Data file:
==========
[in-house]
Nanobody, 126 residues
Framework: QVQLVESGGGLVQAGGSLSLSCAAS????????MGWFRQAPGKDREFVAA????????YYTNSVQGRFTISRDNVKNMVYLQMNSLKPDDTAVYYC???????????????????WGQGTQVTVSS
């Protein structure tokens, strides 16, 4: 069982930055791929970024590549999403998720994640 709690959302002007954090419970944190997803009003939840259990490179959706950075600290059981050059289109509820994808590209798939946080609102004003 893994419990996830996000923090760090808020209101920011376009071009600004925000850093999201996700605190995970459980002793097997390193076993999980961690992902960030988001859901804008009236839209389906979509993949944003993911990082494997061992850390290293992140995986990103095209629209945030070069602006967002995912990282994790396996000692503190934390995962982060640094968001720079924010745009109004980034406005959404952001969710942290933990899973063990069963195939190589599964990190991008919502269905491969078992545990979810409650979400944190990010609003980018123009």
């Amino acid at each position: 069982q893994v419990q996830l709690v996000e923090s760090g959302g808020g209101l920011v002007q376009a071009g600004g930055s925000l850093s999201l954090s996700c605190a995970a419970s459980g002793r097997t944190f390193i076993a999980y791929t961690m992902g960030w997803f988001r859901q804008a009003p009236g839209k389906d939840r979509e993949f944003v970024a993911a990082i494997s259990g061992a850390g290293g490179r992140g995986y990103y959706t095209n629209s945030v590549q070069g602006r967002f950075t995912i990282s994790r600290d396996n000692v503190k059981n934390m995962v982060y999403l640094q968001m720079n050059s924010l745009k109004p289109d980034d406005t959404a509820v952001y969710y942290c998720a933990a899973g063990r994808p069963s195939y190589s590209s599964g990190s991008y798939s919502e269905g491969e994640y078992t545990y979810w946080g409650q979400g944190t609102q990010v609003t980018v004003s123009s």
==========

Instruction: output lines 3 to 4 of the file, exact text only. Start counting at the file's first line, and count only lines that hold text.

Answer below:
Framework: QVQLVESGGGLVQAGGSLSLSCAAS????????MGWFRQAPGKDREFVAA????????YYTNSVQGRFTISRDNVKNMVYLQMNSLKPDDTAVYYC???????????????????WGQGTQVTVSS
């Protein structure tokens, strides 16, 4: 069982930055791929970024590549999403998720994640 709690959302002007954090419970944190997803009003939840259990490179959706950075600290059981050059289109509820994808590209798939946080609102004003 893994419990996830996000923090760090808020209101920011376009071009600004925000850093999201996700605190995970459980002793097997390193076993999980961690992902960030988001859901804008009236839209389906979509993949944003993911990082494997061992850390290293992140995986990103095209629209945030070069602006967002995912990282994790396996000692503190934390995962982060640094968001720079924010745009109004980034406005959404952001969710942290933990899973063990069963195939190589599964990190991008919502269905491969078992545990979810409650979400944190990010609003980018123009």